No. 5 Duke, No. 11 UNC meet Sunday as Hatchell seeks No. 900
As if just getting these two schools together on the basketball court isn’t enough, Duke and North Carolina’s women’s basketball teams have more than their white-hot rivalry on the line Sunday, Feb. 3.
The No. 5 Blue Devils (19-1, 9-0) are alone atop the ACC standings at the halfway point of the 18-game schedule. No. 11 UNC (18-2, 8-1) sits tied with Maryland one game back.
In addition, UNC coach Sylvia Hatchell needs one win to have 900 for her coaching career, something only two other women’s coaches (Pat Summit, Jody Conradt) have accomplished.
On top of all that, of course, is the neighborhood bragging rights that will be at stake when the Blue Devils travel to Chapel Hill to meet UNC (1 p.m., ESPNU).
“Any time we play Duke it’s always a big game,” Hatchell said. “Duke’s a great team, they really are, they have a team full of all-Americans and Chelsea Gray and Elizabeth Williams are without a doubt two of the finest players in the country. So we know we have our hands full, but we’re up for the challenge.”
Duke coach Joanne P. McCallie, facing UNC for the 15th time since coming to Duke in 2007, said the proximity of the two schools is striking to her.
“Where else do you coach where you are the head coach somewhere and your neighbor is cheering for another team?” McCallie said. “It’s just pretty funny here. We learn how to get along, I guess, with the neighbors. That’s what we do.”
The last time these two teams met, last March at Carmichael Arena, one incident in particular was anything but neighborly.
UNC’s Chey Shegog hit Duke’s Haley Peters in the face with an elbow. Peters was guarding Shegog closely in the backcourt. The blow opened a gash in Peters’ mouth that bled profusely.
“I would not call that an accident,” McCallie said.
After getting stitches, she returned to the game in the second half and Duke won 69-63.
Shegog has graduated, but Peters is a junior who starts for Duke. Unlike McCallie, Peters said this week she isn’t sure if the hit was intentional or not. She did say that Shegog apologized after the game.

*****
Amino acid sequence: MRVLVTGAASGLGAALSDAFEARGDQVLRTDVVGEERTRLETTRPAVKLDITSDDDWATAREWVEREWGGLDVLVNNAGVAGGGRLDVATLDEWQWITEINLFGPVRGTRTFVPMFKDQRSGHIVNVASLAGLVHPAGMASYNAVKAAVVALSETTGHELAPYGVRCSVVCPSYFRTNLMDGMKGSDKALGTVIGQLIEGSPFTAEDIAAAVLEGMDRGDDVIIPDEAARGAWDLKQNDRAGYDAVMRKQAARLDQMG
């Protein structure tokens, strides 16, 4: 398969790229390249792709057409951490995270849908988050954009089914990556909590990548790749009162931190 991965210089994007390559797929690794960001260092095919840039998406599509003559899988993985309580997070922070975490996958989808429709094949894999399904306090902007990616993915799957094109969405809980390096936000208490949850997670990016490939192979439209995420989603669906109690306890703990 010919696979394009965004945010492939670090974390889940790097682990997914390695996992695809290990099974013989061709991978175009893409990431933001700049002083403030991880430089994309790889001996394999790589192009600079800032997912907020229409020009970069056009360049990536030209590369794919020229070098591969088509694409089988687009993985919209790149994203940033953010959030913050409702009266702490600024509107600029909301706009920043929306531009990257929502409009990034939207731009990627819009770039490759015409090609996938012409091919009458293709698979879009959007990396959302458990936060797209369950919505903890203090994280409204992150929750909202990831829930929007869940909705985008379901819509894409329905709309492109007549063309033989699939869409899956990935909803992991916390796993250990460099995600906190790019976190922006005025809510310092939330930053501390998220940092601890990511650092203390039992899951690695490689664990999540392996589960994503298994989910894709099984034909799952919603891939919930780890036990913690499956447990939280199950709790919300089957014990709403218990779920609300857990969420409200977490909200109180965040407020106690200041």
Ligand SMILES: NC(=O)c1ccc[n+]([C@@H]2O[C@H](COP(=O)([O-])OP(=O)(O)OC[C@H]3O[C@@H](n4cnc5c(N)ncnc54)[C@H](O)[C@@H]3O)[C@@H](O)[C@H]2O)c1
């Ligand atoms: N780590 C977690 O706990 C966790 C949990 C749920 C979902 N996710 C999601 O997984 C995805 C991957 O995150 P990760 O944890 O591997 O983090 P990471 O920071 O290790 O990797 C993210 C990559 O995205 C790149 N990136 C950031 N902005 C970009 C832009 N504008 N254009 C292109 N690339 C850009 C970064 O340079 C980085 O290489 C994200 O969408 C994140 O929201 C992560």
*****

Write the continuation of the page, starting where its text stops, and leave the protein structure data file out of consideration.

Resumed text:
“I don’t know what anyone’s intentions are,” Peters said. “I was up in her face a bit. That’s the nature of the game and you get hit every now and again. But I don’t know what her intentions were.”
Hatchell thinks the rivalry, while intense, rarely cross the line.
“I feel like we have a really good rivalry, and as many times as I’ve played over there, I never felt like things were out of line or anything,” Hatchell said. “They say things and jaw at you, but it’s never really been out of line. Funny, most of the time. I enjoy playing over there. It’s the ultimate of competing in college athletics, whether you play here or over there. I just know those kids enjoyed playing over there a lot.”
As for this year’s game, Duke is facing a much better UNC team. After missing the NCAA Tournament last season, the Tar Heels are battling for the ACC lead and have yet to lose on their home court this season.
A capacity crowd is expected today when two of the better ACC teams clash, which isn’t a surprise.
“Most of them are our fans,” McCallie said with a laugh. “Hopefully we can get our fans excited. Yeah, I mean, check the stats. That’s definitely true. When we come that’s the one time they can draw.”